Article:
Finding It Difficult To Get Your Startup Off The Ground? Try Doing It Under Missile Fire

Editor’s note: Ben Lang is a growth hacker at lool ventures and creator of Mapped In Israel. Follow him on Twitter or Facebook

The recent battle between Israel and Gaza revolutionized real-time war reporting, with both sides taking to Twitter, Facebook and other platforms to report the latest news. What you may have missed, however, is how thousands of Israeli startups continued to function while under missile fire.

A few days after Operation Pillar of Defense began, Tel Aviv, the city with the highest concentration of startups in the Middle East, was being targeted by missiles. The first time the sirens went off was the first day of the municipality’s Open Startup event. As part of the event, 50 startups opened their doors to visitors interested in seeing first-hand the people behind the products.

While visitors explored these companies, alarms sounded periodically, forcing them and startup staff to run bomb shelters. Developers had to stop coding, marketing execs had to stop optimizing their conversion funnels, and even founders had to take a break from hustling all to run to the cover of bomb shelters.

Yet during Operation Pillar of Defense, Startup Nation didn’t slow down. In fact, Startup Genome declared Tel Aviv the No. 2 startup ecosystem in the world, which boosted everyone’s morale.

How To Work While Under Missile Fire

If you had walked into one of these startups just under two weeks ago, you would have witnessed them all using multi-screens effectively: one screen for people’s inboxes and compilers and the other screen to keep an eye on the local news. Some companies even had projectors set up for everyone to monitor activity.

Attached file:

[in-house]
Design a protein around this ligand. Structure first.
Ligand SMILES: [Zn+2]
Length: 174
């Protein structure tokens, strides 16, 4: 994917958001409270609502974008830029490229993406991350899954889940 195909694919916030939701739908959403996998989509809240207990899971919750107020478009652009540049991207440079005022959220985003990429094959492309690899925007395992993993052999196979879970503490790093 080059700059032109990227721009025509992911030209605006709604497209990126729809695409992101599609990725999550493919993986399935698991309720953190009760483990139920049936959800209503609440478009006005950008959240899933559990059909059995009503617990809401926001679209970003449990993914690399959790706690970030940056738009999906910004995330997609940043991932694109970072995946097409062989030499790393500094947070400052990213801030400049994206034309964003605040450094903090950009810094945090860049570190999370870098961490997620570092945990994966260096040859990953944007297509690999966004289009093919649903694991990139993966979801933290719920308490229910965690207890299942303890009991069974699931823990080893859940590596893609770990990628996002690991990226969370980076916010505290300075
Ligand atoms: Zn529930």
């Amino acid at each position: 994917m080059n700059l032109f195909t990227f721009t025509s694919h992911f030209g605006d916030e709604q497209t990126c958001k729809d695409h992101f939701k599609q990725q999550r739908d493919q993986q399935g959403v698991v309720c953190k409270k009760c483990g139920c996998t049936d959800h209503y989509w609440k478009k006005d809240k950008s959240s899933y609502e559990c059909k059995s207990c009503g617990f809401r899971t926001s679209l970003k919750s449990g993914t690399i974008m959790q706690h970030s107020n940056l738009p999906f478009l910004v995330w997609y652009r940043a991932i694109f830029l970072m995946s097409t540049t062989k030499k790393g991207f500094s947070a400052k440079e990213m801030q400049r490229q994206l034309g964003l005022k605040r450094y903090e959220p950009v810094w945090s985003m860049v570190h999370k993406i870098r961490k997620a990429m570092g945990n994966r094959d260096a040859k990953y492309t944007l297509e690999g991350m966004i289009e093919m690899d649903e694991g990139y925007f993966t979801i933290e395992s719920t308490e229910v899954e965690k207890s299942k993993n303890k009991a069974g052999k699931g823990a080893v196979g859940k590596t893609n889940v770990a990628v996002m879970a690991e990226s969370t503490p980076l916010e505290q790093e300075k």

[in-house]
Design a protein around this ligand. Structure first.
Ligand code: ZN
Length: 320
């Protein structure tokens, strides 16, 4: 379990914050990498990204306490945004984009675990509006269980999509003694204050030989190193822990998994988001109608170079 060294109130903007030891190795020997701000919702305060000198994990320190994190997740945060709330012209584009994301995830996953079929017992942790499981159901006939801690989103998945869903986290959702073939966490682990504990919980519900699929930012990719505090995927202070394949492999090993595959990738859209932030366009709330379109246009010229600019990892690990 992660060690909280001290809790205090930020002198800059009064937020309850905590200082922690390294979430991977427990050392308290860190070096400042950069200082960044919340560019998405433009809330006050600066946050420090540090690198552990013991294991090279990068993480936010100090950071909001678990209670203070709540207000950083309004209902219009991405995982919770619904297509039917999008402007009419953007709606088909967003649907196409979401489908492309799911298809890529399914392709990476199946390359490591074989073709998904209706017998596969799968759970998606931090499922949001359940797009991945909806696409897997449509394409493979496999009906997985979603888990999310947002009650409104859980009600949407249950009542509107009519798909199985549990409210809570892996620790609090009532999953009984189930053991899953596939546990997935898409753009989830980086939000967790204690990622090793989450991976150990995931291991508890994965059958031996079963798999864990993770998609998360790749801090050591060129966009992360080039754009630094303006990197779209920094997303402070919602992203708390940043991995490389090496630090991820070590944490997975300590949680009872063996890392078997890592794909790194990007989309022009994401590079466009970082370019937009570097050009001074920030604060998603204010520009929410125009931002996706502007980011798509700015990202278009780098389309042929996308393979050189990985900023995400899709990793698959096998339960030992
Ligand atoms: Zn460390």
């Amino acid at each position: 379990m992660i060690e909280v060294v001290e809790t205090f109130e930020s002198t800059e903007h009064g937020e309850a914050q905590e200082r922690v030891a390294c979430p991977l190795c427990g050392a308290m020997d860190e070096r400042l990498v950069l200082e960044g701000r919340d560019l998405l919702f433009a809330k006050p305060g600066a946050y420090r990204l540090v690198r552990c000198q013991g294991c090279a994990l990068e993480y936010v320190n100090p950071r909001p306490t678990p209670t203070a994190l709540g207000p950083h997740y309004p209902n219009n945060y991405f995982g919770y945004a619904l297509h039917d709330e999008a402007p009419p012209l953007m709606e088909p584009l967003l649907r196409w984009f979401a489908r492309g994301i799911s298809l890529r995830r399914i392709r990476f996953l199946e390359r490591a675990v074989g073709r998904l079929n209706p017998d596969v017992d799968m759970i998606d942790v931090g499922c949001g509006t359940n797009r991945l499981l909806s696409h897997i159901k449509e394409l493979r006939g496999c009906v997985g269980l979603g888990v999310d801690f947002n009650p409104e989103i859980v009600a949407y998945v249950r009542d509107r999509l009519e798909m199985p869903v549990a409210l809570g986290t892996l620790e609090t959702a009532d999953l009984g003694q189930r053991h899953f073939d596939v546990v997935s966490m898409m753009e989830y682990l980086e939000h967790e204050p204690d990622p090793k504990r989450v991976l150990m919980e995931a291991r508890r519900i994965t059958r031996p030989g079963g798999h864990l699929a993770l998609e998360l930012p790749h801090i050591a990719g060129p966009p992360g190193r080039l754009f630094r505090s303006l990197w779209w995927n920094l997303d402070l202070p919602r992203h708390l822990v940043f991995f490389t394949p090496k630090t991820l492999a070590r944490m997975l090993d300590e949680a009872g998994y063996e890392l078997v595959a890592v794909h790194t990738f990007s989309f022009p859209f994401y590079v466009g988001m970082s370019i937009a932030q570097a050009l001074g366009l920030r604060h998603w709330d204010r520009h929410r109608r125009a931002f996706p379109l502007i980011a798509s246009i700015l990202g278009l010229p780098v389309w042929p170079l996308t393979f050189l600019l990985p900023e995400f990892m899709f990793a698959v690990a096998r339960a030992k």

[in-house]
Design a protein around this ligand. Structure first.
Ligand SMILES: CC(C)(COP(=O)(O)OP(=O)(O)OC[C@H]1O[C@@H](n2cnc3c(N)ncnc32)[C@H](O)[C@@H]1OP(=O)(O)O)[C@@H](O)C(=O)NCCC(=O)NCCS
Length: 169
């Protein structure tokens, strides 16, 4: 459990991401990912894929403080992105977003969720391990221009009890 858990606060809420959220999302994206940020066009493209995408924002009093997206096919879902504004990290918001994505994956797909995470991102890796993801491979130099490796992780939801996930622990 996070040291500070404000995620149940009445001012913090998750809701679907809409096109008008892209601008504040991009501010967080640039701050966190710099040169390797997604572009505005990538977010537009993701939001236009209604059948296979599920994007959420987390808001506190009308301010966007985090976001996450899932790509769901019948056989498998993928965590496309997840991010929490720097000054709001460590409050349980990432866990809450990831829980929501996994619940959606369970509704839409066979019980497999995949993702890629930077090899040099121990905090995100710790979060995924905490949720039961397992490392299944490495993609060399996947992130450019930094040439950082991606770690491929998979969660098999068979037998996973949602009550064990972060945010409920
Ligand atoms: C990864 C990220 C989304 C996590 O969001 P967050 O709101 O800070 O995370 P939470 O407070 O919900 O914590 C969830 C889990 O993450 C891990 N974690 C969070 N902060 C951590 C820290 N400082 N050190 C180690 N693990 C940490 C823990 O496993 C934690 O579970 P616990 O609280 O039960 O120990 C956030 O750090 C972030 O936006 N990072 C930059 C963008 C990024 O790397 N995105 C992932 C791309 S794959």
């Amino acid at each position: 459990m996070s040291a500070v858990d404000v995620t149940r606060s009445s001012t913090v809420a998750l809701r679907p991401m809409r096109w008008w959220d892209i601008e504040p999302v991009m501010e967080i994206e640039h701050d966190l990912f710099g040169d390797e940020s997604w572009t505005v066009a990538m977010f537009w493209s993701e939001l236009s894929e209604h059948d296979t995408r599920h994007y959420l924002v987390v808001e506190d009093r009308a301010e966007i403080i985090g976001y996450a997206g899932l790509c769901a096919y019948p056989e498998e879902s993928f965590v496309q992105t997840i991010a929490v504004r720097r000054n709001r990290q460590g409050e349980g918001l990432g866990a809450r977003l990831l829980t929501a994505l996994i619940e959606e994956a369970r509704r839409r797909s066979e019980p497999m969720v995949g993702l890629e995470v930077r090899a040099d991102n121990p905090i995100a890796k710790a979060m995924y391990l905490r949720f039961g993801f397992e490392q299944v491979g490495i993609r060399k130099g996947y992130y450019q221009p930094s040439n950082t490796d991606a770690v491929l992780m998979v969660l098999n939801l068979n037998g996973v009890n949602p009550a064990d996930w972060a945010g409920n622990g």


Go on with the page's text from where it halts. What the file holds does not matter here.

And while most buildings in Israel are equipped with bomb shelters, some startups didn’t have them in their buildings. As a result, they had to temporarily relocate for the safety of their teams.

Yet another challenge startups had to contend with was that many men were called up for duty, which left some of them with fewer workers than usual. For example, at Yotpo, a social review platform, four out of 10 developers were sent to serve in the army. Those who remained in the office assumed their responsibilities to ensure that everything continued to function properly.

A decent number of startups, accelerators, and coworking spaces opened their doors to anyone who needed free office space. These companies included Fiverr, Outbrain, RankAbove, Pitango Venture Capital, Gemini Ventures, IDC Elevator, The Time and many more. And Conduit, one of the largest high-tech companies in Israel, opened a temporary child-care center so its employees could bring their kids because schools were closed.

The Story Of Perseverance 

The bestselling book Start-Up Nation tells the story of Warren Buffet’s purchase of Iscar for $4 billion. It was Buffet’s first acquisition outside of the U.S. and it occurred just as Israel began to fight in the 2006 Lebanon War. Rockets rained on Northern Israel, which is where Iscar’s main factory was located, but Buffett went through with the deal because they were still shipping their products.

That story best depicts what happened recently in the startup scene in Israel. Even though many startups were under fire, every company was determined to ship its products. So the next time you meet an Israeli entrepreneur in Silicon Valley or NYC you’ll know why they stand out; running a company during crises like these make for strong character building.